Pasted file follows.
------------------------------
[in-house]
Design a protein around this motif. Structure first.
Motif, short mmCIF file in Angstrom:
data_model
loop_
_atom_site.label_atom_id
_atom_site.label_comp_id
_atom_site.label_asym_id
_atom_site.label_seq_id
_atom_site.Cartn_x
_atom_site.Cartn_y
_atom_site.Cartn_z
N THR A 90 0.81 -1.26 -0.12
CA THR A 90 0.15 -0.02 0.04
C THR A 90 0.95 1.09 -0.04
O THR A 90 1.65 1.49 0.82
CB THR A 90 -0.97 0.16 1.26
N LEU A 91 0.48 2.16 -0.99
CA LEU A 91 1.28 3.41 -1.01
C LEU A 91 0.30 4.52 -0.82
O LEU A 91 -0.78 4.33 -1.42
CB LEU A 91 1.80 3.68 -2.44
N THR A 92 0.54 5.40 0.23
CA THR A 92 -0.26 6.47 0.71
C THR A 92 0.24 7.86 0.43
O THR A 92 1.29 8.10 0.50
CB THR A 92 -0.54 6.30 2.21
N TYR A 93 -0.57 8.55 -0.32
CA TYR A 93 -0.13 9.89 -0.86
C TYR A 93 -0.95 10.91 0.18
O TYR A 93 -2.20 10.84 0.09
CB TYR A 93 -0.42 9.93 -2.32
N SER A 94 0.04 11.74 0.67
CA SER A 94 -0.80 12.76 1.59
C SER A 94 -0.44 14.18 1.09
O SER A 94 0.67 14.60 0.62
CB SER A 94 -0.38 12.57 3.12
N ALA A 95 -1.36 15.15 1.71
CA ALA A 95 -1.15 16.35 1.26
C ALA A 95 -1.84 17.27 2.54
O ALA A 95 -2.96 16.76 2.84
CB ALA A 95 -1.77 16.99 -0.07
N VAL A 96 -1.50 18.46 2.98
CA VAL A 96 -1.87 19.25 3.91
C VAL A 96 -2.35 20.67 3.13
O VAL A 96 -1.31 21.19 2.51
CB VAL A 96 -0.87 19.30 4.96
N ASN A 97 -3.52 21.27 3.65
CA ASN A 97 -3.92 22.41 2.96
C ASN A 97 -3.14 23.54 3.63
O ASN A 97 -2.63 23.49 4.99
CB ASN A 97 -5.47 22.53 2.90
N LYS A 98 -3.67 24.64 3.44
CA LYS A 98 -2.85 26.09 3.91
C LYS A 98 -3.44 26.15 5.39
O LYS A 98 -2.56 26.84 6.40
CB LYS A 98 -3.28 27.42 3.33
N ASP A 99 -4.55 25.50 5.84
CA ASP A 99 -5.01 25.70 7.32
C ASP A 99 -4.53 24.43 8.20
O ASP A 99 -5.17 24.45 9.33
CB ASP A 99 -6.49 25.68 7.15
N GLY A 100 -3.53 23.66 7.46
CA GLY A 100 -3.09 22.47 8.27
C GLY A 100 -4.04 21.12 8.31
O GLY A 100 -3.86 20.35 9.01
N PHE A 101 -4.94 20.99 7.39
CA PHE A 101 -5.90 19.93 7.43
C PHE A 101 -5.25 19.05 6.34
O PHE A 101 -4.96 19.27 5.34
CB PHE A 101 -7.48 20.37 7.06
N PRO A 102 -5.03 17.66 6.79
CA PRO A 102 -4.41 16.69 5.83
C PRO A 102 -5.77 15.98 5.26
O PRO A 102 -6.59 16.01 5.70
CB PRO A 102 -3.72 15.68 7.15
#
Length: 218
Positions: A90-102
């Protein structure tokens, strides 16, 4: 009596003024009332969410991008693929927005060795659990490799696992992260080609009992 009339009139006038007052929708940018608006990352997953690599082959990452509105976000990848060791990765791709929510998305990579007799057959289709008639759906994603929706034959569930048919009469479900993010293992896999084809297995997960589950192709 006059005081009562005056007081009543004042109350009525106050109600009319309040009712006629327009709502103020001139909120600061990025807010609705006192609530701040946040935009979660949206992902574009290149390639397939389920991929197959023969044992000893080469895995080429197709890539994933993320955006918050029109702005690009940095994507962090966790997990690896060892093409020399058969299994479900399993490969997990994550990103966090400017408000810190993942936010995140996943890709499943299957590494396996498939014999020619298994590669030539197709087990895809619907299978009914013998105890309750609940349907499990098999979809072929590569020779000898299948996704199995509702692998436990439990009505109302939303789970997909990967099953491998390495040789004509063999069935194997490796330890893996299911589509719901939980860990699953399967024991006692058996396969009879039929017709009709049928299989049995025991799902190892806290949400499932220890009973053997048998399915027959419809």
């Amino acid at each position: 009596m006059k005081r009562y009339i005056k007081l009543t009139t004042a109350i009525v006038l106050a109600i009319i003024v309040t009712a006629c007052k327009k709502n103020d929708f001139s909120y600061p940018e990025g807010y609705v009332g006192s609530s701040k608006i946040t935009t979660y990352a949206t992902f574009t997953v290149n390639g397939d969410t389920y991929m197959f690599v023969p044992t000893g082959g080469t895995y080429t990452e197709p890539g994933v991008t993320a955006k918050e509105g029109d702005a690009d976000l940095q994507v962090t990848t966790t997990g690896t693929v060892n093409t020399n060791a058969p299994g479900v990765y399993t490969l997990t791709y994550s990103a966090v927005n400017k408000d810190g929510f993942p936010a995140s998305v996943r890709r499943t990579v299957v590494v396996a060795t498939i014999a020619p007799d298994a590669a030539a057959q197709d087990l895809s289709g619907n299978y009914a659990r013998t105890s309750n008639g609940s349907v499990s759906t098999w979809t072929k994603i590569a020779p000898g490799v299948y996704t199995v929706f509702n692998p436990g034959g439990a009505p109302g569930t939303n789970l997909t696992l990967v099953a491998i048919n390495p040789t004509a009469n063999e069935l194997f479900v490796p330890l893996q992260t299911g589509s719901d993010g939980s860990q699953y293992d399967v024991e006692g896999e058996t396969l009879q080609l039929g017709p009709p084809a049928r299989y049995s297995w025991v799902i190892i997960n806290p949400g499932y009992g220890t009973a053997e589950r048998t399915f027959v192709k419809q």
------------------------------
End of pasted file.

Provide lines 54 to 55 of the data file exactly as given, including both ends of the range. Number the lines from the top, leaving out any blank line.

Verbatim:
CA LYS A 98 -2.85 26.09 3.91
C LYS A 98 -3.44 26.15 5.39